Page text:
“Today, nearly a third of jobs require licensure, including many jobs that have little impact on public health or consumer safety,” said Rep. Cicilline, Chair of the House Judiciary Subcommittee on Antitrust. “Although there are many benefits associated with establishing credentials for professions—particularly those with important public health and safety considerations—excessive licensing can create barriers to entry in the workplace, impose additional costs on workers, and result in job losses. I firmly believe that we must explore every path for creating economic opportunity for working Americans---this legislation is an important step in that direction. It will ensure that licensing requirements are effective and reasonably tailored, provide legal certainty for board members, and preserve the availability of robust antitrust enforcement to stop illegal behavior. I thank Congressman Raskin for his leadership on this legislation.”
“Those who serve on state licensing boards perform a public service by ensuring that our products and services are delivered in a safe and reliable manner,” said Rep. Conaway (TX-11). “This bill upholds oversight and accountability of the board as a whole without jeopardizing the personal property and liability of its individual members. As a former Chairman of the Texas State Board of Public Accountancy, I have seen first-hand the important role these boards play in ensuring public trust and accountability. Our nation needs qualified and professional board members who deserve to serve without putting their personal property at risk. I am pleased to be working with Reps. Raskin and Cicilline on this bipartisan initiative, and encourage my colleagues on both sides of the aisle to support our legislation.”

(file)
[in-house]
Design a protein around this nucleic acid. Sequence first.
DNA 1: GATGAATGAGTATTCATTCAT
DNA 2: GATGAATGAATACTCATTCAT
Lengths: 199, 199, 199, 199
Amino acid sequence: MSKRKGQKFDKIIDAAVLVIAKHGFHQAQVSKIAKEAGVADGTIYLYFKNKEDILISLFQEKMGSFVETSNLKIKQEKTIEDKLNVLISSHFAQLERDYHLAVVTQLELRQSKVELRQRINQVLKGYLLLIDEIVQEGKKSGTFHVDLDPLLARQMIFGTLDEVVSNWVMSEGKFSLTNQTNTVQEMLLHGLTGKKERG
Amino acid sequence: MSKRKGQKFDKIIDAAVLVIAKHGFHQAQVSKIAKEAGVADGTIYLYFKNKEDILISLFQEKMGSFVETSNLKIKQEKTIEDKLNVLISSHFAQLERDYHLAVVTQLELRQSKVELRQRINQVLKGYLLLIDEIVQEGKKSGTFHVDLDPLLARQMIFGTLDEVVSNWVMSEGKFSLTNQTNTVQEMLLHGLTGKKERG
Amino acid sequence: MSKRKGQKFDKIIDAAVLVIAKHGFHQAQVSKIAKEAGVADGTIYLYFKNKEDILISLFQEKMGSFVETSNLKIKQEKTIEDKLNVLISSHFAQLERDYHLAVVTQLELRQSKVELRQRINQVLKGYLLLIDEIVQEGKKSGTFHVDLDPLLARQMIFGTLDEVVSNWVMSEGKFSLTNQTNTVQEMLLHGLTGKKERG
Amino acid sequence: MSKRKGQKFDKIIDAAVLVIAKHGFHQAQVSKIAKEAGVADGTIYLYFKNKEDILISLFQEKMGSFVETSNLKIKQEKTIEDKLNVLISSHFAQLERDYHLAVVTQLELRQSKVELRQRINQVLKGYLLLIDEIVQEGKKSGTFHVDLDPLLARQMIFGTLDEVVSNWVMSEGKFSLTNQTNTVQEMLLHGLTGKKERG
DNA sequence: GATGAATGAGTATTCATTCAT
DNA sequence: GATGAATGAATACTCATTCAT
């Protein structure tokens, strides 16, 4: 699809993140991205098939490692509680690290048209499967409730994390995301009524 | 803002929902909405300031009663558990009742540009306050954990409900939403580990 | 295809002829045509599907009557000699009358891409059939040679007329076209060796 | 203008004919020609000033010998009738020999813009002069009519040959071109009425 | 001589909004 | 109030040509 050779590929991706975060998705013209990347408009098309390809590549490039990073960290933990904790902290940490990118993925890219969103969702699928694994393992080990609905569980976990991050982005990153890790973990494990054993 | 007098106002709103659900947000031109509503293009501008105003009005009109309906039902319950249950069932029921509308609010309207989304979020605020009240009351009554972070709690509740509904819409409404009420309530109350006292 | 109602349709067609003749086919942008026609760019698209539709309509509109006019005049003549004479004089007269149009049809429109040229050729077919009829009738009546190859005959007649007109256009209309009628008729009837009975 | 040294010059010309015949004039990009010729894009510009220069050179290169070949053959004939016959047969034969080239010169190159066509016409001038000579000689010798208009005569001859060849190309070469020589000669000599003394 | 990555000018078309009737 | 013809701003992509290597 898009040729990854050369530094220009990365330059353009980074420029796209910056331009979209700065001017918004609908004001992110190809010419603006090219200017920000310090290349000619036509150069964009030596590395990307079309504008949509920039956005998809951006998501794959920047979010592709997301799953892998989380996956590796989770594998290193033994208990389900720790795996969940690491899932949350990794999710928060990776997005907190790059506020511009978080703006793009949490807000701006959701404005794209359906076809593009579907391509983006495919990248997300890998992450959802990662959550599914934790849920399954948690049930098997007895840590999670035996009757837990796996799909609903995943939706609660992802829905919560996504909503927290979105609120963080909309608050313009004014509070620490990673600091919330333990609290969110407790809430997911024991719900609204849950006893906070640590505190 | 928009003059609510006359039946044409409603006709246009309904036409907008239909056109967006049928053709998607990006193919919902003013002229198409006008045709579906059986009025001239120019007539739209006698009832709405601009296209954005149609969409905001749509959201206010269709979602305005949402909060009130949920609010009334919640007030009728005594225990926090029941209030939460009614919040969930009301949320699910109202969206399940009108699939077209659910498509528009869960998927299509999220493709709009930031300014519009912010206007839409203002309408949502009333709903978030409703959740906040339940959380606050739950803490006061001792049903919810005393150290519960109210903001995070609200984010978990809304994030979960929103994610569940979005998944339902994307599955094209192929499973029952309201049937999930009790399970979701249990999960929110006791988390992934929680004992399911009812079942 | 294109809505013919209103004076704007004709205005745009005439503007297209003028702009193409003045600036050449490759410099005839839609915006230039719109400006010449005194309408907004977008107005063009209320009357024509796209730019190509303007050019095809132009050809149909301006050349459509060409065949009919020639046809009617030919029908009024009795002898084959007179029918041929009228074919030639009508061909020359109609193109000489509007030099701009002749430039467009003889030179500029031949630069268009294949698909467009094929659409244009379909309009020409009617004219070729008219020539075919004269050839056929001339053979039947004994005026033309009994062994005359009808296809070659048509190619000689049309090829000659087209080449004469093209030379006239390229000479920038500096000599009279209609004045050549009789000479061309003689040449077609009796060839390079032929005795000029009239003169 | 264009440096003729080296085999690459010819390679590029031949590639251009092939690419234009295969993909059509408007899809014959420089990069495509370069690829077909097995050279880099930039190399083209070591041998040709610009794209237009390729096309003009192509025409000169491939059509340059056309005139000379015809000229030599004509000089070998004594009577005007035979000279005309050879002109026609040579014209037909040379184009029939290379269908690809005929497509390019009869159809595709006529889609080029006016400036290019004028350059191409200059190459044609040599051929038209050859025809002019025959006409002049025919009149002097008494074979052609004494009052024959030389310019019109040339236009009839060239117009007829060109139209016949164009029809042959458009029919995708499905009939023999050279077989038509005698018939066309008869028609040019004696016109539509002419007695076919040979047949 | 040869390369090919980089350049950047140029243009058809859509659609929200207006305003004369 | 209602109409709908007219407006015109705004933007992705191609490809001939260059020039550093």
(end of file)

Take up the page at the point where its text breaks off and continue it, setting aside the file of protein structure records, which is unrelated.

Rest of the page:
The legislation is supported by the following organizations: American Institute of CPAs, American Physical Therapy Association, American Psychological Association, American Veterinary Medical Association, Association of State and Provincial Psychology Boards, Council of Landscape Architectural Registration Boards, Federation of Podiatric Medical Boards, Federation of State Boards of Physical Therapy, Federation of State Medical Boards, National Association of State Boards of Accountancy, National Athletic Trainers’ Association Board of Certification, Inc., and National Board for Certification in Occupational Therapy, Inc.
Click here to view their letter of support, which states: “Passage of this legislation will ensure that all volunteer members, including those representing the public, of state regulatory boards are not deterred from civic-minded service because of the potential for personal monetary damages.” The letter continues: “Our organizations believe that this legislation is a balanced approach to competition policy that retains enforcement mechanisms against anticompetitive activities while ensuring that current and prospective state licensing board members will continue to be willing to serve and are not dissuaded because of uncertainty over any potential personal liability arising from their public service.”